Cage-free: This unregulated term suggests that eggs are laid by hens permitted to roam in the henhouse (but not necessarily with any access to the outdoors).

Free-range or free-roaming: Suggests that the product came from an animal that was able to roam. The USDA only regulates the term for poultry, not beef, pork, or eggs. Meat birds are required to “have access to” the outdoors, but no amount of time or space is specified. Free-range hens are often kept indoors in large warehouses.

Pasture-raised: “Pasture raised” implies that meat or poultry comes from an animal that was raised outdoors on pasture. This term is sometimes used to differentiate eggs and poultry from “free-range” products coming from hens raised indoors. This term is unregulated and there is no standard definition. The Ferry Plaza Farmers Market only allows pasture-raised eggs to be sold by farmers in our market.

Grass-fed: This label means the ruminant animal (cattle, sheep, goat, or bison) was raised on a diet of fresh pasture during the growing season and stored grasses (hay or grass silage) in winter months or drought conditions. The USDA standard was revoked in 2016; it is now a voluntary claim. Several organizations offer private certifications.

Grass-finished: “Finished” animals have reached physical maturity and have developed fatty tissue. Some grass-fed animals, like most livestock in the US, are grain finished, or fed grains for an undetermined amount of time before slaughter. Other grass-fed animals are grass finished: they ate exclusively grasses throughout their whole lives.

Antibiotic-free: In conventional operations, antibiotics are routinely fed to cows, hogs, and chickens to promote faster growth and prevent diseases that run rampant in the cramped conditions in which food animals are kept. “No antibiotics” claims are regulated by the USDA and require ranchers to show documentation.

Hormone-free: Hormones are used in industrial farming of cows and sheep to increase growth rate or milk production. Some hormones are natural, some are synthetic, and some (like rBGH) are genetically engineered. Like “no antibiotics,” the “no hormones” claim is regulated by the USDA. Documentation must be shown, but the USDA does not routinely test. Hormone use in pork or poultry production is prohibited by the USDA.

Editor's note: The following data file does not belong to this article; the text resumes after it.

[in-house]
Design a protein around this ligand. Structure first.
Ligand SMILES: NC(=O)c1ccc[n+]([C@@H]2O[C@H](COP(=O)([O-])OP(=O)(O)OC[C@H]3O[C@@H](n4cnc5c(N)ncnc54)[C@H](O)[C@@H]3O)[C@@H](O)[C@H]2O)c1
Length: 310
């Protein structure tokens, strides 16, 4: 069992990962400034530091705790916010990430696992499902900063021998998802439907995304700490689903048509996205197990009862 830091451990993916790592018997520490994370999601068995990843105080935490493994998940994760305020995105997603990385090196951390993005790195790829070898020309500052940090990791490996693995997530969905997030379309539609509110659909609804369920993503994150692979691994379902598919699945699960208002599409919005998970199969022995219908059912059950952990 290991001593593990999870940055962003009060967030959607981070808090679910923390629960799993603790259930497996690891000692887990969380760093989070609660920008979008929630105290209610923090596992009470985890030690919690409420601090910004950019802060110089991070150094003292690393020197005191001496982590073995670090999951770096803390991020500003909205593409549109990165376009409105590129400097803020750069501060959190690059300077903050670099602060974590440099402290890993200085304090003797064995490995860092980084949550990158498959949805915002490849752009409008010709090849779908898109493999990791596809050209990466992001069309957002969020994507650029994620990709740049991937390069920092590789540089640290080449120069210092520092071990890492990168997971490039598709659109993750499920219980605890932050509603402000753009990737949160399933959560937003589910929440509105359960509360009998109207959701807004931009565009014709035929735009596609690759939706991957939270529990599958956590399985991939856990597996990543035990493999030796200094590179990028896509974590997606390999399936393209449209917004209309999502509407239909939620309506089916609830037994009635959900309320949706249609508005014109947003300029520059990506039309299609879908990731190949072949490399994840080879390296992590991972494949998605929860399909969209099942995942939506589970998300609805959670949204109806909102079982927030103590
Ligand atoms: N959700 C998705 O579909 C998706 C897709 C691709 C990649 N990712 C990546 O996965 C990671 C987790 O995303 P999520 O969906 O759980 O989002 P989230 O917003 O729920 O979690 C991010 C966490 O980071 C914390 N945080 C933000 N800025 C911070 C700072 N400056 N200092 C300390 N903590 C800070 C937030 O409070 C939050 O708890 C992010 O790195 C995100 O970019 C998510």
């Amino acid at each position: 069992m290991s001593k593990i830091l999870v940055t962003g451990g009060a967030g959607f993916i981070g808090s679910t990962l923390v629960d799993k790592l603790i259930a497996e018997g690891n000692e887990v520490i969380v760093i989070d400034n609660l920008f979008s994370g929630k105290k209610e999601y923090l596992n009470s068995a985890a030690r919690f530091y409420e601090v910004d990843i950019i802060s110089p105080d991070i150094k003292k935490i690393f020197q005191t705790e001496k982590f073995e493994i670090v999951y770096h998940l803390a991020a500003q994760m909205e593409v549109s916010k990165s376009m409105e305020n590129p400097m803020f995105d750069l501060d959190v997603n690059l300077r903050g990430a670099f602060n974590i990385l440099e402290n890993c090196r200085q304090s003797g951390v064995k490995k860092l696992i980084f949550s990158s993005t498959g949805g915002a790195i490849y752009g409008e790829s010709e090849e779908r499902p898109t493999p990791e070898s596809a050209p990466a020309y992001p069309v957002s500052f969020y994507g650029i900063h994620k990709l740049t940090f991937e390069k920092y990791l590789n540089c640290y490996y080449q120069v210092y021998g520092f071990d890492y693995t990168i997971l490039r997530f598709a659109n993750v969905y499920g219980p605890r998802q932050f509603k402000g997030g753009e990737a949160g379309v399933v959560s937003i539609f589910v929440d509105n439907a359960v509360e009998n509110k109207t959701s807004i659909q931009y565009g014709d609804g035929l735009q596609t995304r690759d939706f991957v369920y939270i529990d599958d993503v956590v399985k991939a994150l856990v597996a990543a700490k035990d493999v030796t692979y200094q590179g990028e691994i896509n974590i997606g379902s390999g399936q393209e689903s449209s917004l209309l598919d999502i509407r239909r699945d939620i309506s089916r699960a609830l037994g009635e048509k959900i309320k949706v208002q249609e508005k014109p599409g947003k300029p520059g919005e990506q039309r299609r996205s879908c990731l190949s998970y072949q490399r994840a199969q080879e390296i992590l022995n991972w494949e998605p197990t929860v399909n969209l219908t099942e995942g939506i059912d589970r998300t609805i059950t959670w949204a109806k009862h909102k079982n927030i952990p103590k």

Natural: USDA guidelines state that “natural” meat and poultry products can’t contain artificial ingredients or added color and must be only minimally processed; there is no verification system. The claim “natural” on other products is unregulated and generally meaningless.

Meet Your Producer

One of the best ways to cut through the noise is to know your farmer, so you have the opportunity to ask questions. While certified labels provide assurance, certification costs and the required documentation may be burdensome for smaller operations. So how do you know what to look for? Here are some basic questions you might ask your meat, egg, or dairy producer or purveyor:

Are your animal products certified by any third parties? Which ones?
How are the animals raised? Are they raised outdoors on pasture, or indoors?
Do the animals receive antibiotics, hormones, or other growth promoters?
What sort of diet are the animals fed?

These questions are just a starting point, and they’re only useful if you know how to interpret the answers. To go beyond this basic guide, we recommend checking out Sustainable Table’s Questions to Ask handouts.

To learn more about animal welfare terms, certifications, and practices, we suggest downloading the Animal Welfare Approved Food Labels Exposed phone app. or download the pdf. From welfare to taste to cost, there are many factors to consider, so you’ll need to figure out which ones are most important to you when you shop.

At CUESA, we promote ranchers and purveyors that adhere to the humane management practices outlined in our Sustainability Frameworks. Details about each producer can be found on their seller profile on our website, and you can visit the eggs, cheese, milk, and meat pages to dive deeper into specific products. And through farm tours, you can see how the animals are raised first-hand.

Got more questions? Stop by CUESA’s Food Shed tent for our “Decoding Food Labels” exhibit this month on Saturdays to learn more.

Thank you to CUESA Education Intern Jasmine Hormati for her research in this guide.